<p>For water resistance try painting your bioplastic object with beaten egg and then heating it. When egg is cooked, or just heated in the sun, its protein is very durable and water resistant. Think of how hard it is to clean egg off your car or house when someone has egged them. And remember that back in the day master artists mixed egg with pigment to make paint - and their paintings are still around, hundreds of years later. </p>
<p>Just the yolk <a href="http://en.wikipedia.org/wiki/Tempera" rel="nofollow">http://en.wikipedia.org/wiki/Tempera</a></p><p>Or milk <a href="http://en.wikipedia.org/wiki/Casein_paint" rel="nofollow">http://en.wikipedia.org/wiki/Casein_paint</a></p><p>And or a final coat of a drying vegetable oil, such as linseed, <a href="http://en.wikipedia.org/wiki/Drying_oil" rel="nofollow">http://en.wikipedia.org/wiki/Drying_oil </a> </p>
<p>That is brilliant! Thanks for the suggestion, I definitely would not have thought of that. </p>
<p>This is really awesome and definitely makes me want to try it.</p>
<p>Hi!</p><p>congratulations! It's nice!</p><p>Now I am going to try the real application for shopping bag at supermarket.</p>
<p>If I a bowl as a form would it stick to it and not come off? </p>
<p>it is fairly flexible, so it should come off easily, if you are worried about sticking, I would form some aluminum foil over the bowl, and smooth it as much as possible!</p>
<p>This is really cool, and I love how environmentally friendly it is! Once it's set, how hard is it? Could I form a phone case out of this that wouldn't deform in my pocket?</p>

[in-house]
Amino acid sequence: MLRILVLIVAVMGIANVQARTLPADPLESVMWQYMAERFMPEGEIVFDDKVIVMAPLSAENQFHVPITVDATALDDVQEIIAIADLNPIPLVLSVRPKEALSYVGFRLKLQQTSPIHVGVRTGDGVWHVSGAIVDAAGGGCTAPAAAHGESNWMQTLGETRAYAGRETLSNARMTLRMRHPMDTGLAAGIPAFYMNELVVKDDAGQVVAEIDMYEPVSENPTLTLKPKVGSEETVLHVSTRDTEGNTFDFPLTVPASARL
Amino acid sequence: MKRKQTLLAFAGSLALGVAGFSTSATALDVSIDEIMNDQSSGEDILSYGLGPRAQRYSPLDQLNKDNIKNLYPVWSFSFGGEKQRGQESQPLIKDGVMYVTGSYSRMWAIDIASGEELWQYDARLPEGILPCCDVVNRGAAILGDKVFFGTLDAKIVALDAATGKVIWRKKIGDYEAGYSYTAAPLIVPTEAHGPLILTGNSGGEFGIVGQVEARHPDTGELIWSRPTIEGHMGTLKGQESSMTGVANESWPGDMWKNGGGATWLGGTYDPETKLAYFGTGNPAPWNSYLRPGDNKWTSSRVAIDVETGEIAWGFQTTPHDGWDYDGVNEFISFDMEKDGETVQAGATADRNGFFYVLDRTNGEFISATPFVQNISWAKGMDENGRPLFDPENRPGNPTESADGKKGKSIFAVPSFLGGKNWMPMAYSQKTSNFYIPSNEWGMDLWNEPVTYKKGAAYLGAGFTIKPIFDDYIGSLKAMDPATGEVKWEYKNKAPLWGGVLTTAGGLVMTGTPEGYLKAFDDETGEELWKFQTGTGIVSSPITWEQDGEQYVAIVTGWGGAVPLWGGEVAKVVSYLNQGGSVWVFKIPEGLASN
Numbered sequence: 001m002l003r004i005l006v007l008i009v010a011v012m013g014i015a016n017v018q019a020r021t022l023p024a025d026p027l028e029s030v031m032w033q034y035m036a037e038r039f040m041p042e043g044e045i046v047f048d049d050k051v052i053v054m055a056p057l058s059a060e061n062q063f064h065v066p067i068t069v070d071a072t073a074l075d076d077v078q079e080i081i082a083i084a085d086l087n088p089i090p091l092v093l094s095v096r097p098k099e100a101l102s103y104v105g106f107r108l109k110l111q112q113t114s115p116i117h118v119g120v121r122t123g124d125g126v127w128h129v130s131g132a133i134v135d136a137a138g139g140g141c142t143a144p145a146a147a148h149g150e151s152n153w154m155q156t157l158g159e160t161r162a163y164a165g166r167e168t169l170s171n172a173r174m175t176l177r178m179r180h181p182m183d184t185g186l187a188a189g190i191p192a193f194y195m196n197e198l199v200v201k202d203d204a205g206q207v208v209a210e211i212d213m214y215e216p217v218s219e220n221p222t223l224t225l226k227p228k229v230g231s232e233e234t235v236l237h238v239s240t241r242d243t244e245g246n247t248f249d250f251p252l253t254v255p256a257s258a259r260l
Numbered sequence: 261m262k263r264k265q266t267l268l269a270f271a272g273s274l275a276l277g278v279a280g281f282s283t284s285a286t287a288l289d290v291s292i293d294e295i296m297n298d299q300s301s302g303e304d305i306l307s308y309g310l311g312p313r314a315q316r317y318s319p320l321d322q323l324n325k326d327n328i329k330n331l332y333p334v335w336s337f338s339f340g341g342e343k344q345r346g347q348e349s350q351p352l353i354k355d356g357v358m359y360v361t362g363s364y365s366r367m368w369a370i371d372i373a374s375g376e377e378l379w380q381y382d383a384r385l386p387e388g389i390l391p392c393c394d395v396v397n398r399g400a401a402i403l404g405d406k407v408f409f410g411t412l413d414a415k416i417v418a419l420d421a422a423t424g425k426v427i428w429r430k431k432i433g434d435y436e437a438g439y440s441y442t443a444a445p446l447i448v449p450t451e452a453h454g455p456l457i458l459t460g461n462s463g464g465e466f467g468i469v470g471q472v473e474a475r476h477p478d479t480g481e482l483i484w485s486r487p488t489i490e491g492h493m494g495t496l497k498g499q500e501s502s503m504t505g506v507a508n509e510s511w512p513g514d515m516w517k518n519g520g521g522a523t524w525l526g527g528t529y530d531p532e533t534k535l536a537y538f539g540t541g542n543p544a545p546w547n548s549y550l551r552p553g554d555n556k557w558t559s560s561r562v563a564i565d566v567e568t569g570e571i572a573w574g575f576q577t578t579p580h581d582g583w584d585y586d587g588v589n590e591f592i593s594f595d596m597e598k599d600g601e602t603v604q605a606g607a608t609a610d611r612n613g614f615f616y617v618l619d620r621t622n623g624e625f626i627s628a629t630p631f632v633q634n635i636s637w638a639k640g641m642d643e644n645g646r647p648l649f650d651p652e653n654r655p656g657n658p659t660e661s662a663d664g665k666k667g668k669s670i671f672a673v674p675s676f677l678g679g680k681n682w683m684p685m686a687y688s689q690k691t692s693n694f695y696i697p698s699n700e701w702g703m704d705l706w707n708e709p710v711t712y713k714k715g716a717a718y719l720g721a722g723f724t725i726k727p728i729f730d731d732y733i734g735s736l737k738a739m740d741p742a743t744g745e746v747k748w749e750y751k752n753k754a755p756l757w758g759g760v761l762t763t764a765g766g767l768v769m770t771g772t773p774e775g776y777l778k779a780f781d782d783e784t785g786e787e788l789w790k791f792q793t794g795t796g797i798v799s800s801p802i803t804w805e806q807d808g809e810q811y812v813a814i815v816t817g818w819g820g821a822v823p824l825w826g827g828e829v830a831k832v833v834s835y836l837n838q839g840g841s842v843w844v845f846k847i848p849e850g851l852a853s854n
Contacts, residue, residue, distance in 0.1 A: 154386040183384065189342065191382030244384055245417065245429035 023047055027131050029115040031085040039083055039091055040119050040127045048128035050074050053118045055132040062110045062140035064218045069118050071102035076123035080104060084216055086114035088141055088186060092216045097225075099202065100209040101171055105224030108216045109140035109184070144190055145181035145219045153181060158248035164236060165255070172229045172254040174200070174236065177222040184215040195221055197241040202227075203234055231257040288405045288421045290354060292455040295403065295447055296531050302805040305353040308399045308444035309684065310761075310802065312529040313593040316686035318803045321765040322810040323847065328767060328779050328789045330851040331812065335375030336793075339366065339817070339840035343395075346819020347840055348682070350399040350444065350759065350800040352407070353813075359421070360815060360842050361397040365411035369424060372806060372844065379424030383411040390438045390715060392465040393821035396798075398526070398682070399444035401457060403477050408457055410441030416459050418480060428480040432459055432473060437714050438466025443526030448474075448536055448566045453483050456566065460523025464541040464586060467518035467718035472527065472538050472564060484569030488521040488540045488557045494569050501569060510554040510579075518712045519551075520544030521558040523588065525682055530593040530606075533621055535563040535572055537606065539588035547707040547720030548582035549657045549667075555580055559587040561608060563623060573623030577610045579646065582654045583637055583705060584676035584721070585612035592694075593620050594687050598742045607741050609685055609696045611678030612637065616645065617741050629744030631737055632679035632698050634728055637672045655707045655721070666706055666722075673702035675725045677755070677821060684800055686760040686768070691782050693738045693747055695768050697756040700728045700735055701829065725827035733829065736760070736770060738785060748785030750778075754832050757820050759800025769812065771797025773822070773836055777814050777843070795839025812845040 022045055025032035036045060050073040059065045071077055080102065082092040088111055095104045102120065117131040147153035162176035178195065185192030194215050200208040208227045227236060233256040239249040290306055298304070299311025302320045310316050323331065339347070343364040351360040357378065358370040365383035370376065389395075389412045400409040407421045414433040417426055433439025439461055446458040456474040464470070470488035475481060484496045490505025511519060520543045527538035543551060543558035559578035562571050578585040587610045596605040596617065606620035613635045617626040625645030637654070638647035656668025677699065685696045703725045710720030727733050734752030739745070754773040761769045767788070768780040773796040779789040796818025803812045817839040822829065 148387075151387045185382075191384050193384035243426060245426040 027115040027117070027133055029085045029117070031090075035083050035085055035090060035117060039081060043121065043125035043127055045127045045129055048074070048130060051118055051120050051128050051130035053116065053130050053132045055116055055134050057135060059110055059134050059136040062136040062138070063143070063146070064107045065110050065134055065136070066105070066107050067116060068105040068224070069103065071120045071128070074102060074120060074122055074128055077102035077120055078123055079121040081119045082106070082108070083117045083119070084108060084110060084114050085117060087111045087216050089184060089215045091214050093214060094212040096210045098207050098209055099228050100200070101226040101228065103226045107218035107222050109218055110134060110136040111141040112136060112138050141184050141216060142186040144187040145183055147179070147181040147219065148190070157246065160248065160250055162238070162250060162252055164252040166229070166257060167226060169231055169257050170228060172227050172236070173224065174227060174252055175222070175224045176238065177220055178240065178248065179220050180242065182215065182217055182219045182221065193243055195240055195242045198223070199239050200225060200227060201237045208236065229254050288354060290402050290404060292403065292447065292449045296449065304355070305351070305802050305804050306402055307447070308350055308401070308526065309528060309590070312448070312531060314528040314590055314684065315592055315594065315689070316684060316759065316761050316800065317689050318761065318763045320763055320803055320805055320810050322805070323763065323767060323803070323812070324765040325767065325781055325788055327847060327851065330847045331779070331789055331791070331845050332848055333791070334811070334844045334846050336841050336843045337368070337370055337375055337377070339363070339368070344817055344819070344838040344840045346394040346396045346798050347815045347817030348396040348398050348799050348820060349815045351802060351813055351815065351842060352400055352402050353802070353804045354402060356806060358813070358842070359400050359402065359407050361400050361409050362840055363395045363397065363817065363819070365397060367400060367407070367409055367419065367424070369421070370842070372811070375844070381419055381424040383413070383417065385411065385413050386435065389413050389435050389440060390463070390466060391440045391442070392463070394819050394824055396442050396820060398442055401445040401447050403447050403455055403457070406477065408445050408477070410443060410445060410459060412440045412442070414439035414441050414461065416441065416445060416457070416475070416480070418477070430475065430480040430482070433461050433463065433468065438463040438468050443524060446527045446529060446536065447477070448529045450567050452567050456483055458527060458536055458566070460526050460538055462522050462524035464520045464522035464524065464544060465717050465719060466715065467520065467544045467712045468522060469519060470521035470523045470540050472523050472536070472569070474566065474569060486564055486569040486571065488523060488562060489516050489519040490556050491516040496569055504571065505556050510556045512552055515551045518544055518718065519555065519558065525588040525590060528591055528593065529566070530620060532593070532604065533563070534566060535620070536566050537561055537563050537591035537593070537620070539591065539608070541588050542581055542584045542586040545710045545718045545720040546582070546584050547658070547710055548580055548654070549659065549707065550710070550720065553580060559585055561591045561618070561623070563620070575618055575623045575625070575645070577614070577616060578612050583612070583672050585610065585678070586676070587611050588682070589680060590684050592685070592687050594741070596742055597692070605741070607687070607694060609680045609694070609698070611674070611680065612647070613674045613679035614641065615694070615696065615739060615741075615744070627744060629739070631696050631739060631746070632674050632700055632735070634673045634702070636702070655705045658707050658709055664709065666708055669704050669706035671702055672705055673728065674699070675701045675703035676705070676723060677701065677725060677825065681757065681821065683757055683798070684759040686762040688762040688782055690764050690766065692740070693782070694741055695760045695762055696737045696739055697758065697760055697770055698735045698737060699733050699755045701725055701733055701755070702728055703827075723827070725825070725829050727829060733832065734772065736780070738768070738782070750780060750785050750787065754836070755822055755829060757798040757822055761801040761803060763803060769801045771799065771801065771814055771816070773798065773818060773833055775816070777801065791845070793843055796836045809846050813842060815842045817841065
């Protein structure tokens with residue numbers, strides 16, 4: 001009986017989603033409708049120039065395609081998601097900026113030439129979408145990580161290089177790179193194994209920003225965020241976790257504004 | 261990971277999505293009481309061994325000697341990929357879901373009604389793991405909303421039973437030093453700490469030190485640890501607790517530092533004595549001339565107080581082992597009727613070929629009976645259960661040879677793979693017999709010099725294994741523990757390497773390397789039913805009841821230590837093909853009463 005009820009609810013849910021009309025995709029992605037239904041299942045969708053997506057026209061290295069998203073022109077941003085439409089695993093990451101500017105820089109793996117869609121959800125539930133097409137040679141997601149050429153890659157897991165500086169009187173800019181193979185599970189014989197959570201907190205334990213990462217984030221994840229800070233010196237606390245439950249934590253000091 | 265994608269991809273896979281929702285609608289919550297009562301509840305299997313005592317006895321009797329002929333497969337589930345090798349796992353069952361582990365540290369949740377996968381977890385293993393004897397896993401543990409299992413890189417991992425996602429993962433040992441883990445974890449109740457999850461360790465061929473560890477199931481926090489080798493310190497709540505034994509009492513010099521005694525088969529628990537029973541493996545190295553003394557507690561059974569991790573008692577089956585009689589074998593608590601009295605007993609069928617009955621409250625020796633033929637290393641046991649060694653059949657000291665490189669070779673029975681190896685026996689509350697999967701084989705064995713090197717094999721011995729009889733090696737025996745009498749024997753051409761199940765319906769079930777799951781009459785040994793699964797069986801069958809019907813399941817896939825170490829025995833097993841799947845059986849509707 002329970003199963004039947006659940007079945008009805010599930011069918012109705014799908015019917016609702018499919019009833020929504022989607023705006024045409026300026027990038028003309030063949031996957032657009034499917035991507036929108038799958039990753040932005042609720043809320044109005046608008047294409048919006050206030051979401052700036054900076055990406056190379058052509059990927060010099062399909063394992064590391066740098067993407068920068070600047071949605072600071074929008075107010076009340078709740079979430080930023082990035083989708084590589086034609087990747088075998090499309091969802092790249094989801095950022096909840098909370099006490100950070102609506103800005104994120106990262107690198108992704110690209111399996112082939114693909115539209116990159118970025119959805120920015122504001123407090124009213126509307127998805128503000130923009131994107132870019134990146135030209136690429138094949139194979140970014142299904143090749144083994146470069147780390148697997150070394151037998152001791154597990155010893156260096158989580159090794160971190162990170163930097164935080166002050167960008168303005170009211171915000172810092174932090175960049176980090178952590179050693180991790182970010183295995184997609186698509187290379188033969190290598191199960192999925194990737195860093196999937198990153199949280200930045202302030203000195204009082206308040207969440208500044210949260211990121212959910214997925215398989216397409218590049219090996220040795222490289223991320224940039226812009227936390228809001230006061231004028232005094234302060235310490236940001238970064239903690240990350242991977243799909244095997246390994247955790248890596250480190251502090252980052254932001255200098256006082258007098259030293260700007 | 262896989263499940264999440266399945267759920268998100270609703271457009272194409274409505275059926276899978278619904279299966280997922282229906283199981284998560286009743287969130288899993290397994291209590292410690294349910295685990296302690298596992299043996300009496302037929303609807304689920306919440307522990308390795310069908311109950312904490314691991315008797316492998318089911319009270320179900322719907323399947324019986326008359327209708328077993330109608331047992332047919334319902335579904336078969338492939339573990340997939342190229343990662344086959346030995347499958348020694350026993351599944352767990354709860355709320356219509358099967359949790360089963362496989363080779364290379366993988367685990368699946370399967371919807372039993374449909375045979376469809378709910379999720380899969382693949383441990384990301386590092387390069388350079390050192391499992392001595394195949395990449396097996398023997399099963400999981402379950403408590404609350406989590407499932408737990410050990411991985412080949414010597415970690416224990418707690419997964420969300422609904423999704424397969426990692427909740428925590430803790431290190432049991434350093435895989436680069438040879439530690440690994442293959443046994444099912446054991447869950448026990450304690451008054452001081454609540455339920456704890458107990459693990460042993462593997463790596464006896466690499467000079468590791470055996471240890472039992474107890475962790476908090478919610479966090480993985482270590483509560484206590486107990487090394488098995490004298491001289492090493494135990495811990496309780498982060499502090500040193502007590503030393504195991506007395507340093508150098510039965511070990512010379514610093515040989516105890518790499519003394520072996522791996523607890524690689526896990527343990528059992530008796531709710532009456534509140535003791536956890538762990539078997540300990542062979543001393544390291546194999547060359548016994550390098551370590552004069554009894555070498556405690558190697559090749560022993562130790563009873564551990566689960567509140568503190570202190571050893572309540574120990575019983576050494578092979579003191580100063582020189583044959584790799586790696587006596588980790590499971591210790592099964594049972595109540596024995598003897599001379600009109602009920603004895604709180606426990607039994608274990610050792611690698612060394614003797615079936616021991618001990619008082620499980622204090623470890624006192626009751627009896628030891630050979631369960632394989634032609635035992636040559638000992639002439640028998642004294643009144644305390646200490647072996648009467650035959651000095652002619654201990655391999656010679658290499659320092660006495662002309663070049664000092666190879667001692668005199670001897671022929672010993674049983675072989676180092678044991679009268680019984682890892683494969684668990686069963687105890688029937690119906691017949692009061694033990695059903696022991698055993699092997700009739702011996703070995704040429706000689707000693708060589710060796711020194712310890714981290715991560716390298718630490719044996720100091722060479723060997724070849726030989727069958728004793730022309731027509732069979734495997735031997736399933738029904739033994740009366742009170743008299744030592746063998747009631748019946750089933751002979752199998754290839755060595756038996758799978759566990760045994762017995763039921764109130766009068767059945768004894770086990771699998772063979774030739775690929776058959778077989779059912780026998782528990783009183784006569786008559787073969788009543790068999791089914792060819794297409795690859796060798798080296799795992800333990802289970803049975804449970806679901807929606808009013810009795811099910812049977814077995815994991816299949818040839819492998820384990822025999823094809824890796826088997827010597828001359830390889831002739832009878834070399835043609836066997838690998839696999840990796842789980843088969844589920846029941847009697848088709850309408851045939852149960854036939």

<p>This particular recipe would definitely deform in your pocket, since it is susceptible to moisture, there are other recipes that can be heat treated for stronger, harder plastics. Try to find a recipe that doesn't use glycerin, which will create a more durable and less flexible plastic</p>
This could be cool. Is there a coating to put on it that would prevent it from breaking down in water?
<p>Absolutely! I'm not sure about a coating that can be created with simple kitchen materials. Check out NatureWorks, their company has plastics that are used with liquids (disposable cups, etc.). Not breaking down in water becomes an issue with disposal though, since it is much more difficult to break a product down it requires prolonged periods of heat and processing.</p>
<p>Fascinating idea! I'm quite intrigued by this. Any photos of anything you've made with this?</p><p>How durable is it? . . . For instance, is it easily breakable by hand?</p>
<p>This particular type is sort of squishy, even after drying. It is mostly an idea of what can be done with these simple ingredients. There are a few companies in the US (mainly NatureWorks) that make corn based plastics on a large scale for packaging materials. With less glycerin, the simple plastic would be harder and less flexible, thus easier to form specific shapes, like bowls and the like.</p>
Great for kids!
Very well written. I commend you on the thoroughness and volume of information.